Pangolin species

Pipisin Pangolin is a Philippine pangolin, inspired by my visit to the Philippines. But did you know… there are eight different species of pangolin? Four in Africa and four in Asia. Pipisin has been on his travels, and finally, met all the species.

African species

Enjoying a mud bath with Temminck's pangolin
Enjoying a mud bath with Temminck’s pangolin
Eating ants with giant ground pangolin
Eating ants with giant ground pangolin
Watching rainbows with black bellied pangolin
Watching rainbows with black-bellied pangolin
Playing hide and seek with white-bellied pangolins
Playing hide and seek with white-bellied pangolins

Asian species

Looking for a Chinese pangolin
Looking for a Chinese pangolin
Reading with an Indian pangolin
Reading with an Indian pangolin
Swimming with a Sunda pangolin
Swimming with a Sunda pangolin
Pipisin, a Philippine pangolin, in the forest of Palawan
Pipisin, a Philippine pangolin, in the forest of Palawan

Pangolin rescue mini-picture book

With one cut and a few simple folds, create a mini-picture book that tells the story of a pangolin rescued and cared for until it could be released back into the wild.

Originally created for the Libassa Wildlife Sanctuary in Liberia to help explain the work they do to children. Unfortunately, not every child in Liberia goes to school. Not only do they miss out on general education, they never learn about animals or nature conservation.

Click on this image to open the pdf that can be downloaded and printed:
(nb. select ‘actual size’ when printing to help when making the folds)

Libassa mini-story

Follow the steps below to make your mini-picture book:

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Follow the work of Libassa Wildlife Sanctuary on instagram and make a donation to support their vital work.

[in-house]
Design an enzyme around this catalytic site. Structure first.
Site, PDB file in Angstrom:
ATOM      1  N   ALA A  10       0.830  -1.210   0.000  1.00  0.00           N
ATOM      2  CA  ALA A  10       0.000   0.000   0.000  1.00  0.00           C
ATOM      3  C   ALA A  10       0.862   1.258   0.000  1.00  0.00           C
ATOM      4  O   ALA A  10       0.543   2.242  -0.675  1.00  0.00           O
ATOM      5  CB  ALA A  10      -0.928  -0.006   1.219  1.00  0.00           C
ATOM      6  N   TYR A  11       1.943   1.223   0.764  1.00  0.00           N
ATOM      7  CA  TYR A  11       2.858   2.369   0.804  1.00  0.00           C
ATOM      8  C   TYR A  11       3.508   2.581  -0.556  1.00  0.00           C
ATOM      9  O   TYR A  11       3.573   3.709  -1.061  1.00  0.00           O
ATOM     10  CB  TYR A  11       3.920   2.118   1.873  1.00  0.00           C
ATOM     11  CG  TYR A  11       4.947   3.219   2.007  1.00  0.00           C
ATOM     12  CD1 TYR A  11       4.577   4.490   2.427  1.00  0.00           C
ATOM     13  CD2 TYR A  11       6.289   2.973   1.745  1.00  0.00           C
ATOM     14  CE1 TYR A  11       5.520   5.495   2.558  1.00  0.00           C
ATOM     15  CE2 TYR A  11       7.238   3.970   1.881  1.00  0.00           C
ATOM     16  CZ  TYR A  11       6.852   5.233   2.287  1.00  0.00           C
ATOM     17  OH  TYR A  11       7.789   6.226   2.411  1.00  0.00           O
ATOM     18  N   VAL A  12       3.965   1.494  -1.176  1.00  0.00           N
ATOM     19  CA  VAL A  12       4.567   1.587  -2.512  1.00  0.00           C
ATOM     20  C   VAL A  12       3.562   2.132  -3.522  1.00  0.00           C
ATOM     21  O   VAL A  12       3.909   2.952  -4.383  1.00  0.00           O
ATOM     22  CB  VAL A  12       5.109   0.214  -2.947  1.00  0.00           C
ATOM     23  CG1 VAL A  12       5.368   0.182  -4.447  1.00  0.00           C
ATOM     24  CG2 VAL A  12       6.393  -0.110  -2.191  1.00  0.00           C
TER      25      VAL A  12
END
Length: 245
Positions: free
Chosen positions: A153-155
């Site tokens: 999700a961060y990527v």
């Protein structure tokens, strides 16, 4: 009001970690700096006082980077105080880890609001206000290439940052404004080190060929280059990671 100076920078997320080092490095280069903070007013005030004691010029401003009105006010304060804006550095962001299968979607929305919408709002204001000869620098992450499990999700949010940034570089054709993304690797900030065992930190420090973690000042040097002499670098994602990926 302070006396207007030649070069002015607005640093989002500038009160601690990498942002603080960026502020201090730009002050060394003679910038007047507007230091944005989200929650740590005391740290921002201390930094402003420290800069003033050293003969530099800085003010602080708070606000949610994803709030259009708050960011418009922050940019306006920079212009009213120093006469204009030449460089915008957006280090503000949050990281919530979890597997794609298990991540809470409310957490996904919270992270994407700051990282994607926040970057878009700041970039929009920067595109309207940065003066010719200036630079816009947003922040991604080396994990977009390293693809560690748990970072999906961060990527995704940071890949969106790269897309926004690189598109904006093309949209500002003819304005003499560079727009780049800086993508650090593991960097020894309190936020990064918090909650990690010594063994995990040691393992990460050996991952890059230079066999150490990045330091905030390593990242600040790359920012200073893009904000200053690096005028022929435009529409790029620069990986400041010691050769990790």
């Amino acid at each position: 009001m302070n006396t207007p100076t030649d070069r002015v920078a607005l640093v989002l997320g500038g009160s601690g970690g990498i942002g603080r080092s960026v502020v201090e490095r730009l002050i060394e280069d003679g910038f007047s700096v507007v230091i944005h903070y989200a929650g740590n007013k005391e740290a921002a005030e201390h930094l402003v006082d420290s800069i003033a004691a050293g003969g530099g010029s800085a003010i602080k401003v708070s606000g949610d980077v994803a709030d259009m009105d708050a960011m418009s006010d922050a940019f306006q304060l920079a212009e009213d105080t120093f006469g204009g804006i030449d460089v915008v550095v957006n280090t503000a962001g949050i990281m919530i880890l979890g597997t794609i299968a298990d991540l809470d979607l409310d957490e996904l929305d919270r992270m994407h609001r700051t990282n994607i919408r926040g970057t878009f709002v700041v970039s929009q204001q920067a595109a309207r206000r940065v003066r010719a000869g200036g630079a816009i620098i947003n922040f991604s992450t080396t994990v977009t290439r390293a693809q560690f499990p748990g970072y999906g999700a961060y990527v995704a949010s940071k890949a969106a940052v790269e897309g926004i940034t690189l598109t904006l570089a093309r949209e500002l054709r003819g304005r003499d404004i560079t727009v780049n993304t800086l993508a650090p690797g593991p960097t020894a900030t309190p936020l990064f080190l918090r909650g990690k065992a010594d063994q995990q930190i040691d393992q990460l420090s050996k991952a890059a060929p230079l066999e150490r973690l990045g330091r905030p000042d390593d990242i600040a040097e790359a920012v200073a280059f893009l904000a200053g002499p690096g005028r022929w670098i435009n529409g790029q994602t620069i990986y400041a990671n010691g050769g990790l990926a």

Click here for more pangolin crafts!

 

 

 

#200Fish

Worm pipefish in a rockpool (collage of painted papers and card) ~ my contribution to the #200Fish project with artists illustrating 200 species of fish from the North Sea.

Collage of worm pipefish in a rock pool
Hiding amongst the seaweed in the rockpools of the North Sea coast, could be this relative of the seahorse.  The worm pipefish (Nerophis lumbriciformis) has a similar upturned snout to a seahorse and exhibits similar behaviour with the parental duties being undertaken by the male.

Females are larger, more colourful and more active than males. After courtship and mating, the female transfers about 150 eggs into a shallow groove on the male’s belly. The male protects the eggs until they hatch as free-swimming baby pipefish and drift away in the current. Here, the males parental responsibilities end.

As breeding is correlated with seawater temperatures below 15.5°C, these fish are likely to be susceptible to changes in ocean temperatures. Extreme site fidelity and homing behaviour has also been documented in worm pipefish so they are perhaps unlikely to respond well to change.

Worm pipefish grow to about 15cm long (illustrated lifesize, artwork size: 21.5cm x 31.5cm).

 

Information from:

The IUCN Red List

MarLIN – The Marine Life Information Network

 

 

#200Fish is a project of Transition Town Louth